Facebook’s financial results were followed by a conference call with investors, during which the company’s financial officer revealed that Facebook’s long run of growth was coming to an end.
David Wehner told his audience they should expect to see “revenue growth rates decline by high single-digit percentages” over the next six months.
He also said that profit margins would tighten and that billions of dollars would have to be spent on safety and security.
And at the other end of the phone, investors started reacting.
They decided to sell in their droves. In after-hours trading, Facebook’s share price fell off a cliff, at one point tumbling by nearly a quarter.
When the Nasdaq opened for real, the company’s value fell by $120bn (£92bn). Never before has so much value disappeared so rapidly.
On the face of it, this looks like a huge crisis for the world’s favourite social media network.
Not many companies can simply shrug off such a battering to their share price.
But then again, very few companies have achieved what Facebook has done in its short life.
In reality, this is a correction that Facebook will survive.
Indeed, the company might even have promoted it – an example of getting the bad news out in one chunk, to manage expectations.
After months where the share price had frothed upwards, this feels like a return to a more sanguine appraisal.
Facebook has some big challenges to face. For one thing, it has saturated its main markets – America and Europe.
In North America, it has 241 million regular users, a number that has gone up by just 2% over the past year.
In Europe, the number of users actually fell over the past three months, probably as a result of new privacy rules.
Its new users are coming from the rest of the world, and they’re coming in their hundreds of millions.
But the problem is that, to be blunt, they’re not worth all that much. The average American Facebook user generates more than $26 (£19.80) in revenue.
In Europe, they’re worth more than $8 (£6) apiece. As for the rest – maybe a couple of bucks per head.
Then there’s the reputational damage that came from the Cambridge Analytica scandal, the wider links to Russian election meddling, the debate around “fake news” and the general irritation that users felt with viral videos that appeared, unwanted, on their news feeds.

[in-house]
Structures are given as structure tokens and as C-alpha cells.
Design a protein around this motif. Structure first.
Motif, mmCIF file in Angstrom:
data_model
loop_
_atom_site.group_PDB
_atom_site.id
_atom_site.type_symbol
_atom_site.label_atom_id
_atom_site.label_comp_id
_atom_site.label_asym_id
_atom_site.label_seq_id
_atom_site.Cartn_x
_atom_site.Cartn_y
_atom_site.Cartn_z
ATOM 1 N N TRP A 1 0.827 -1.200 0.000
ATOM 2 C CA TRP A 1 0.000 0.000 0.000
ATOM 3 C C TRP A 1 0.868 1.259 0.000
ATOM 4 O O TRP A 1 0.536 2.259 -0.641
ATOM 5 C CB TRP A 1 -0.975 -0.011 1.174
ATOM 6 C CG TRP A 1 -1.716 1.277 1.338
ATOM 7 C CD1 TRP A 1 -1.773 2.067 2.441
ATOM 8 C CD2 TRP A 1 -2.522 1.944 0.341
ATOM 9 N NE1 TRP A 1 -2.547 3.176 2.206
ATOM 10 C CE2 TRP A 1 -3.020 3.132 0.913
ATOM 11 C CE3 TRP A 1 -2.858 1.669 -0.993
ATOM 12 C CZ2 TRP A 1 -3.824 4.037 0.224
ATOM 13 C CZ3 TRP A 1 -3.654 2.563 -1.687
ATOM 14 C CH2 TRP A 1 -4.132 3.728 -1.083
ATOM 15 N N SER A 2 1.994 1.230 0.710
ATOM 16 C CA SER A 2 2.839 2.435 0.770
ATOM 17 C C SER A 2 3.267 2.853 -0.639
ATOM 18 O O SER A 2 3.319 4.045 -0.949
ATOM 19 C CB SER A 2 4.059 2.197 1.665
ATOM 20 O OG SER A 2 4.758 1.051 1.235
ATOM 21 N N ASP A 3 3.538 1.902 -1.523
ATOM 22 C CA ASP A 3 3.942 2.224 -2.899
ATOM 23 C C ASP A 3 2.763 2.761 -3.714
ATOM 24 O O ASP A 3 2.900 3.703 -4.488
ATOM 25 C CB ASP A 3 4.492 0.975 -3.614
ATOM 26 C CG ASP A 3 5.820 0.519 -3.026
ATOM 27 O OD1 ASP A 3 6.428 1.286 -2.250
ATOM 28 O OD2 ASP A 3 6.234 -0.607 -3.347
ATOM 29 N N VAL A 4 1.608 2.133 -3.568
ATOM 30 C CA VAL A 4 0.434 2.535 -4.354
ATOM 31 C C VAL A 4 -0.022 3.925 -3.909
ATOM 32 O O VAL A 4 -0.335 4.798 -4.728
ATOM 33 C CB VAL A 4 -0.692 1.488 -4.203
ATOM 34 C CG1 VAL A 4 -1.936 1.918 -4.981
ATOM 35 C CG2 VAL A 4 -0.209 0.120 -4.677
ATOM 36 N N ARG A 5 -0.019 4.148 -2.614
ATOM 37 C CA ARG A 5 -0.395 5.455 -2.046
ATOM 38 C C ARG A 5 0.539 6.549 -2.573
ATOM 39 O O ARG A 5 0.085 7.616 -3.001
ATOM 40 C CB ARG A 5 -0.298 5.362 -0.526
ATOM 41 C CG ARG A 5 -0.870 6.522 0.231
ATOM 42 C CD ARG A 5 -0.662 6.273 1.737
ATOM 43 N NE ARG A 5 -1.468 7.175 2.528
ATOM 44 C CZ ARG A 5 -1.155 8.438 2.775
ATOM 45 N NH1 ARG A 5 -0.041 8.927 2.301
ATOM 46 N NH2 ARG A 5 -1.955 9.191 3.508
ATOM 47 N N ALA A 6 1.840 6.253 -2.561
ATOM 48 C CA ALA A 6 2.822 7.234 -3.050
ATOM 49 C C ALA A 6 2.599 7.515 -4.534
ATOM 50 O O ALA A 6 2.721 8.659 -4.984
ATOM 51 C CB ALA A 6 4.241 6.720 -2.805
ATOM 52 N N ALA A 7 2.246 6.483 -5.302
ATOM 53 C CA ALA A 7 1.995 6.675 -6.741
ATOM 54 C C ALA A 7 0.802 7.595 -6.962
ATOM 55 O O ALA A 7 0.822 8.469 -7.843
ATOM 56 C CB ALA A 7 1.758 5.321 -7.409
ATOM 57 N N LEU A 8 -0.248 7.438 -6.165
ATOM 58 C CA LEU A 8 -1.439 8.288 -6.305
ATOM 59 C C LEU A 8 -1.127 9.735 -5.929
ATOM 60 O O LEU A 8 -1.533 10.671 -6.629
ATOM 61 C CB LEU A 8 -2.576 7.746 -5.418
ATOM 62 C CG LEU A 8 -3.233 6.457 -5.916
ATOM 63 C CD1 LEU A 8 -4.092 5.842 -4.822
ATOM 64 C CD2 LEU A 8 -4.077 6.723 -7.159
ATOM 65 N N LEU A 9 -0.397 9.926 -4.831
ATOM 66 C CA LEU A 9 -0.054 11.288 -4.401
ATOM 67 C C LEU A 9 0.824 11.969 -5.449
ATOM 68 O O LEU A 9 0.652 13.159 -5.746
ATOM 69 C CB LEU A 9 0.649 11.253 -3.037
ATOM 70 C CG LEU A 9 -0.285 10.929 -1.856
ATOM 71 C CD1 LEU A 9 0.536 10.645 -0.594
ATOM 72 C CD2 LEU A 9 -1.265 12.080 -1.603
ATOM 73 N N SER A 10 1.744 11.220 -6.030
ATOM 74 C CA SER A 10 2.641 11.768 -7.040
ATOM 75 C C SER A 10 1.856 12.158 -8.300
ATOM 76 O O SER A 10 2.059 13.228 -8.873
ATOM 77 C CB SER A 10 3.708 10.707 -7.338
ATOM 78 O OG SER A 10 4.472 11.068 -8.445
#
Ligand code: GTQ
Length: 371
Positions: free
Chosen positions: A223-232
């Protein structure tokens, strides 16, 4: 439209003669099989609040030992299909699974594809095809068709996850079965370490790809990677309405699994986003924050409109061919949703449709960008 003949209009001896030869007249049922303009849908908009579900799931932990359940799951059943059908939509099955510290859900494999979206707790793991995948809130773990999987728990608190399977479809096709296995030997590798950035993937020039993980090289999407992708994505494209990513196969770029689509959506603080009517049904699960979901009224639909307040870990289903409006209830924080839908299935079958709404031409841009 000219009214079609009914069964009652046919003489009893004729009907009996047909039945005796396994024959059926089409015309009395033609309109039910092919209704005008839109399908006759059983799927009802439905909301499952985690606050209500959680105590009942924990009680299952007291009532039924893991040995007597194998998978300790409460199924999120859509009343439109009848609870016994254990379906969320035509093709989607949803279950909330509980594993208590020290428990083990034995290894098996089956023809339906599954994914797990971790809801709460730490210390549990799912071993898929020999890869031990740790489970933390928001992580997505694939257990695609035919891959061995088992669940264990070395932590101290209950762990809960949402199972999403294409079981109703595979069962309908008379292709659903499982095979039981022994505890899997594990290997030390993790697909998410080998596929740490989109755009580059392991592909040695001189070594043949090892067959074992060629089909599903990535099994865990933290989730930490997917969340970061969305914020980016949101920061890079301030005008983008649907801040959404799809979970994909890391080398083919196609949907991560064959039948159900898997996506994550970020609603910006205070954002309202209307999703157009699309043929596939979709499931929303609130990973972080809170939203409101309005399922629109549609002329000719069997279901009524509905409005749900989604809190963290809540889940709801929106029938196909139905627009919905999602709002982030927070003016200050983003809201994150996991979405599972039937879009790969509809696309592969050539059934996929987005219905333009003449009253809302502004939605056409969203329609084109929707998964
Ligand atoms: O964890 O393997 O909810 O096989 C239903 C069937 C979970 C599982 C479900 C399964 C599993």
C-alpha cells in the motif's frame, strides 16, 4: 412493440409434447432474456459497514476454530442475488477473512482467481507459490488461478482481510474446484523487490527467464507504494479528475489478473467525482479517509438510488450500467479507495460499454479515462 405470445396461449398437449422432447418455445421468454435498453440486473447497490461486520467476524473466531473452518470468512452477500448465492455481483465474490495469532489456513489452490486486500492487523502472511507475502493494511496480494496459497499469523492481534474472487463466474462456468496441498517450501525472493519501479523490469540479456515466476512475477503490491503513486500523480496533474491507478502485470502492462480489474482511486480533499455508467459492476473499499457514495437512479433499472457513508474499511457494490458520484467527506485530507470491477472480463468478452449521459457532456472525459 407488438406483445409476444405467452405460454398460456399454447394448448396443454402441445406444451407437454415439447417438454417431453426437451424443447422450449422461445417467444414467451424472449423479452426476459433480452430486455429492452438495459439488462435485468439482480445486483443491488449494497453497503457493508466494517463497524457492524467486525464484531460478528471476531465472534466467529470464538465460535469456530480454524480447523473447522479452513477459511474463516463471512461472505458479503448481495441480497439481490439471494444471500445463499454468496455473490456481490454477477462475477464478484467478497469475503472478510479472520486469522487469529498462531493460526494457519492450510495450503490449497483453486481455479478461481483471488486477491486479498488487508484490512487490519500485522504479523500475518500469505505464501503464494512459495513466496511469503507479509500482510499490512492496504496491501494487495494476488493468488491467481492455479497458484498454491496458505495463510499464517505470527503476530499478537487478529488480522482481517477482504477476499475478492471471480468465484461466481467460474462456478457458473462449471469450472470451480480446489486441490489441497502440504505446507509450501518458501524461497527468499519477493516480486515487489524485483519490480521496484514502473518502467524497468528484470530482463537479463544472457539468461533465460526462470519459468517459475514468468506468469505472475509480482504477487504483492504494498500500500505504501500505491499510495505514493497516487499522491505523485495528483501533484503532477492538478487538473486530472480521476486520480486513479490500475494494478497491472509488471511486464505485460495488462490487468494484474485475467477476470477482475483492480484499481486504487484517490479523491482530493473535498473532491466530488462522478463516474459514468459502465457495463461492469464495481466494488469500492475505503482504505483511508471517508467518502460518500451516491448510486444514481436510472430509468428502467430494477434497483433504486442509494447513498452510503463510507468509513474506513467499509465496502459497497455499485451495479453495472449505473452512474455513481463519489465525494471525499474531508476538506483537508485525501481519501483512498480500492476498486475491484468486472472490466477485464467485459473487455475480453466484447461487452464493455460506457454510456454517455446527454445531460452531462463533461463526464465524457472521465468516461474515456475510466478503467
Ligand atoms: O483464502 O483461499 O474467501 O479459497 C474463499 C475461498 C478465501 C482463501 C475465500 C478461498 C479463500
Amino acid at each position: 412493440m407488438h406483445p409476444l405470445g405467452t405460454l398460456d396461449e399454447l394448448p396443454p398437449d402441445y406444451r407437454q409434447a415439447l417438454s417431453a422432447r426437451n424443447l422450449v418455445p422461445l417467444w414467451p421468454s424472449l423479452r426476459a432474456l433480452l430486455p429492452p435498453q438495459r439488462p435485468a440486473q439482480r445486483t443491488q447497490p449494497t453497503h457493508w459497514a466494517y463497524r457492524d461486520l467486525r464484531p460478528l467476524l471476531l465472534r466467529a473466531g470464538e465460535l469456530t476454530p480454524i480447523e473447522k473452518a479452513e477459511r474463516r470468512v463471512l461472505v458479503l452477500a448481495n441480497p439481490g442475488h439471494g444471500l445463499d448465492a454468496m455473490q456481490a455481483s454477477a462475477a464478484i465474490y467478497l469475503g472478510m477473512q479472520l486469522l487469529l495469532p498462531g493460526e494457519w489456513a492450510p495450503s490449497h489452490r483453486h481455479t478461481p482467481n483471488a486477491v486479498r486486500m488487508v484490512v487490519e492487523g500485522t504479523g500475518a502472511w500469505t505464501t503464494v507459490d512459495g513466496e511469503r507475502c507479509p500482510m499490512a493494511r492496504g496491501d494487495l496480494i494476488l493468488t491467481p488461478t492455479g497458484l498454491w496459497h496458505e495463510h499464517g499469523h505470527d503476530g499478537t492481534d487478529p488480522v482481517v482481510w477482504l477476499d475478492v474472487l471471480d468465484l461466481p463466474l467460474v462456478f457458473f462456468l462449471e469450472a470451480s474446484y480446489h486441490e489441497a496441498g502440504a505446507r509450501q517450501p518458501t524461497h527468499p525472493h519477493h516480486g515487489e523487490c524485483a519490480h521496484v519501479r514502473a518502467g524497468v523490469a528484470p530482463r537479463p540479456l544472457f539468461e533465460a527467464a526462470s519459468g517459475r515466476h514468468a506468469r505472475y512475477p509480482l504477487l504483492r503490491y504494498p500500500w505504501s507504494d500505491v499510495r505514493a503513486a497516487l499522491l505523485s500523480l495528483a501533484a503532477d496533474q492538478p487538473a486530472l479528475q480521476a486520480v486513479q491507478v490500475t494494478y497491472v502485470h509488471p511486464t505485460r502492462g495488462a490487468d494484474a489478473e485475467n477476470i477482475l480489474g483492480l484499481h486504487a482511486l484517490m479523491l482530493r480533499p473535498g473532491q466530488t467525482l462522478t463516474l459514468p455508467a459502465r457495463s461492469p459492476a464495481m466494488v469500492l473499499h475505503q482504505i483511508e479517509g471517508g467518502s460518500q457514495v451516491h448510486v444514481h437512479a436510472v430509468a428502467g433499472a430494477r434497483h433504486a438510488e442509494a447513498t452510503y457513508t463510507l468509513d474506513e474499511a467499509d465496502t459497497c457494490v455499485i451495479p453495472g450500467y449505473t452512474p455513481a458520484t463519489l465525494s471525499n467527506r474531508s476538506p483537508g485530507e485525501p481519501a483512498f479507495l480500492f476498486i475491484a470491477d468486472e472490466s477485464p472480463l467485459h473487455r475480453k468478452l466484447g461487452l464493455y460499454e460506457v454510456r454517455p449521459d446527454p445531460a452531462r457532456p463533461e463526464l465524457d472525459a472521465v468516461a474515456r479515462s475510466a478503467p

Facebook discovered that, while people might watch click-bait, they also find it annoying and unsatisfying.
So Facebook is investing in three S’s – security, safety and Stories – user-generated collections of photos and videos that disappear after 24 hours.
All three require big money, and are likely to bring in steadier, but less spectacular, returns.
“We’re investing so much in security that it will start to impact our profitability,” said founder Mark Zuckerberg.
“We run this company for the long term, not for the next quarter.”
That, of course, is a wise strategy for any company.
The trouble for Facebook is that the vision of the long term has not always been obvious or even remotely predictable.
Hands up anyone who foresaw that a foreign nation would try to use Facebook to influence overseas elections? Or that fake news would become such a political battleground?
Facebook, which has become a ubiquitous provider of information, has found itself at the heart of some pretty bitter disputes.
So perhaps it is wise to re-think and re-set. Investors may not like it, but Zuckerberg’s words about long-term value are smart.
And, of course, Facebook the company is about more than just Facebook the brand – it also owns Instagram, WhatsApp, Oculus VR and plenty of other clever online start-ups.
Like a legion of companies over the centuries, Facebook has diversified, and spread its risk across a sector.
Facebook’s share price plunged after the privacy scandal, and then recovered.
It may take longer this time, but it’s hard to believe that Facebook has suffered profound damage through this announcement.
A shock to the markets, sure; a bout of honesty that was more brutal than expected – no doubt.
But insurmountable problems?
Surely not. Few get rich by betting against Facebook.